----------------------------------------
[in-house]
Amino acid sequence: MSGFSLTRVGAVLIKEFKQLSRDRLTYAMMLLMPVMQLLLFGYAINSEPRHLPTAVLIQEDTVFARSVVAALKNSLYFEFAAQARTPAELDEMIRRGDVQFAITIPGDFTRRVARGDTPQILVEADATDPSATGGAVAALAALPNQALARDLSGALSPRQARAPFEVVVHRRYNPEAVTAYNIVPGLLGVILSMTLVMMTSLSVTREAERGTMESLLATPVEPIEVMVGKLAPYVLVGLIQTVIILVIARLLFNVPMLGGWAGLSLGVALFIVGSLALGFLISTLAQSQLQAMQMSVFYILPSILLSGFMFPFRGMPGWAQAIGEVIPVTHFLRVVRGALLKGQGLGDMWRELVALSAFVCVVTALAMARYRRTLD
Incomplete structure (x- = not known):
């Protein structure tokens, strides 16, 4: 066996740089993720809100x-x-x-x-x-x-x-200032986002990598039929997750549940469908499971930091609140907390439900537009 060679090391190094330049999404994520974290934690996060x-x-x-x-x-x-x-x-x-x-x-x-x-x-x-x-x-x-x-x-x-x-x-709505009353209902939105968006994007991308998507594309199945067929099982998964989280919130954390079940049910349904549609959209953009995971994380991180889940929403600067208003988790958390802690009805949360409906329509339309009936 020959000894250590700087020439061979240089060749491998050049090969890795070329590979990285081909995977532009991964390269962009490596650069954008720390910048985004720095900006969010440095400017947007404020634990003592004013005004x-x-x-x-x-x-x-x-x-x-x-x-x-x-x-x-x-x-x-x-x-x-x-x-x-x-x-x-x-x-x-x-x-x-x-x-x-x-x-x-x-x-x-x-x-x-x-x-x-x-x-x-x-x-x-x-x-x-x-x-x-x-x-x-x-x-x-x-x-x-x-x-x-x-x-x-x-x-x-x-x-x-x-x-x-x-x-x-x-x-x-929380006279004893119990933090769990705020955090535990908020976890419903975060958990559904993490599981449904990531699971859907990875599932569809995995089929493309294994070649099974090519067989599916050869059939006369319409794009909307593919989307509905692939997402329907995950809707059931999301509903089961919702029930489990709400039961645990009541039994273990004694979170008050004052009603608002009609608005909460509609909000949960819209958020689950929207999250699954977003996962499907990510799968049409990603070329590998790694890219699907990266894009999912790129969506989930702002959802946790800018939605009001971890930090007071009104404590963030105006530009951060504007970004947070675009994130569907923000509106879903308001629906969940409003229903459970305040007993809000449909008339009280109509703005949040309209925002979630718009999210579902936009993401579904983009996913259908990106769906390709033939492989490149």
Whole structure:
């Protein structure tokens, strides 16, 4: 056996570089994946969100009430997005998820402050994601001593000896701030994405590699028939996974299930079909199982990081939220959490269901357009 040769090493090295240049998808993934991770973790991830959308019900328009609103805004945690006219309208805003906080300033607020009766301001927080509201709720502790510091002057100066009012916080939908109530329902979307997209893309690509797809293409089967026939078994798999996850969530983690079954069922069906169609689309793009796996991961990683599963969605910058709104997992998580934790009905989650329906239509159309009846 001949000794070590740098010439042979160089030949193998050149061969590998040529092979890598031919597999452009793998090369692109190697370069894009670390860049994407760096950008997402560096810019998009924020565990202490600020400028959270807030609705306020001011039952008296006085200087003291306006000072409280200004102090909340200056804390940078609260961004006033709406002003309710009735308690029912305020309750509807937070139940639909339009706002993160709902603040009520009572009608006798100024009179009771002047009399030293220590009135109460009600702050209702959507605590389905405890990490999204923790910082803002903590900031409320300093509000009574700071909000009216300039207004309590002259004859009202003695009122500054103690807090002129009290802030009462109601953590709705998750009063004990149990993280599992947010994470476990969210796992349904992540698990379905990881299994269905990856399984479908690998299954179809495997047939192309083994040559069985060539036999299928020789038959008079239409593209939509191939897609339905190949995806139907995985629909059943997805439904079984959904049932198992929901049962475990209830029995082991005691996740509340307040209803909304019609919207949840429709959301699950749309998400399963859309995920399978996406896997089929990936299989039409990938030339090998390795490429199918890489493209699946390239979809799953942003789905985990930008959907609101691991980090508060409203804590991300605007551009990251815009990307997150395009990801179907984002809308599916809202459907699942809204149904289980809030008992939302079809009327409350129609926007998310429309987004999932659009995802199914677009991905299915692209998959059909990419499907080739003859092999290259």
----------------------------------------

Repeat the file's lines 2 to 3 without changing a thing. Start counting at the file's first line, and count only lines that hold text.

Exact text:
Amino acid sequence: MSGFSLTRVGAVLIKEFKQLSRDRLTYAMMLLMPVMQLLLFGYAINSEPRHLPTAVLIQEDTVFARSVVAALKNSLYFEFAAQARTPAELDEMIRRGDVQFAITIPGDFTRRVARGDTPQILVEADATDPSATGGAVAALAALPNQALARDLSGALSPRQARAPFEVVVHRRYNPEAVTAYNIVPGLLGVILSMTLVMMTSLSVTREAERGTMESLLATPVEPIEVMVGKLAPYVLVGLIQTVIILVIARLLFNVPMLGGWAGLSLGVALFIVGSLALGFLISTLAQSQLQAMQMSVFYILPSILLSGFMFPFRGMPGWAQAIGEVIPVTHFLRVVRGALLKGQGLGDMWRELVALSAFVCVVTALAMARYRRTLD
Incomplete structure (x- = not known):